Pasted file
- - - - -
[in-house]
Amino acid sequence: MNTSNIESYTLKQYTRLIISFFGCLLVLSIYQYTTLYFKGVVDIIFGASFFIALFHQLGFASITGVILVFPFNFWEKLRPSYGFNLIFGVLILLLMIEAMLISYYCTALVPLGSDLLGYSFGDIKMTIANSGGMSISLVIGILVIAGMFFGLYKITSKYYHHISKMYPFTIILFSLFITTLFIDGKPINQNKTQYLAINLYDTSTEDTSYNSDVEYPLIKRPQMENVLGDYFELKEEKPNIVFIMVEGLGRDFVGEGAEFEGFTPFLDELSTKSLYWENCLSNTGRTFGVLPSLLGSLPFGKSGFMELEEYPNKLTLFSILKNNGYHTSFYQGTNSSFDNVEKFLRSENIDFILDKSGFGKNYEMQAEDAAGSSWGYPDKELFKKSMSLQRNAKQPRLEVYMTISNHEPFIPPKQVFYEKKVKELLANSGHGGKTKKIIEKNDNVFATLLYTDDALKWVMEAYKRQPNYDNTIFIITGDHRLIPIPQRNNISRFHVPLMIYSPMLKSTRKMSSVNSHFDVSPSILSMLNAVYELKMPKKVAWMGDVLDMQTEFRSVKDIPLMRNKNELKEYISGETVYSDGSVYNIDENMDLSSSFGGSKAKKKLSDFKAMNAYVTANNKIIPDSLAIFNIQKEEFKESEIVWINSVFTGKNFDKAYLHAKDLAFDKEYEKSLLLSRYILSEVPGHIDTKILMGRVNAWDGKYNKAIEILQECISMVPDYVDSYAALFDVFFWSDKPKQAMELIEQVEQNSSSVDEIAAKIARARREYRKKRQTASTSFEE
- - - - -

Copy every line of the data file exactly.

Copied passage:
[in-house]
Amino acid sequence: MNTSNIESYTLKQYTRLIISFFGCLLVLSIYQYTTLYFKGVVDIIFGASFFIALFHQLGFASITGVILVFPFNFWEKLRPSYGFNLIFGVLILLLMIEAMLISYYCTALVPLGSDLLGYSFGDIKMTIANSGGMSISLVIGILVIAGMFFGLYKITSKYYHHISKMYPFTIILFSLFITTLFIDGKPINQNKTQYLAINLYDTSTEDTSYNSDVEYPLIKRPQMENVLGDYFELKEEKPNIVFIMVEGLGRDFVGEGAEFEGFTPFLDELSTKSLYWENCLSNTGRTFGVLPSLLGSLPFGKSGFMELEEYPNKLTLFSILKNNGYHTSFYQGTNSSFDNVEKFLRSENIDFILDKSGFGKNYEMQAEDAAGSSWGYPDKELFKKSMSLQRNAKQPRLEVYMTISNHEPFIPPKQVFYEKKVKELLANSGHGGKTKKIIEKNDNVFATLLYTDDALKWVMEAYKRQPNYDNTIFIITGDHRLIPIPQRNNISRFHVPLMIYSPMLKSTRKMSSVNSHFDVSPSILSMLNAVYELKMPKKVAWMGDVLDMQTEFRSVKDIPLMRNKNELKEYISGETVYSDGSVYNIDENMDLSSSFGGSKAKKKLSDFKAMNAYVTANNKIIPDSLAIFNIQKEEFKESEIVWINSVFTGKNFDKAYLHAKDLAFDKEYEKSLLLSRYILSEVPGHIDTKILMGRVNAWDGKYNKAIEILQECISMVPDYVDSYAALFDVFFWSDKPKQAMELIEQVEQNSSSVDEIAAKIARARREYRKKRQTASTSFEE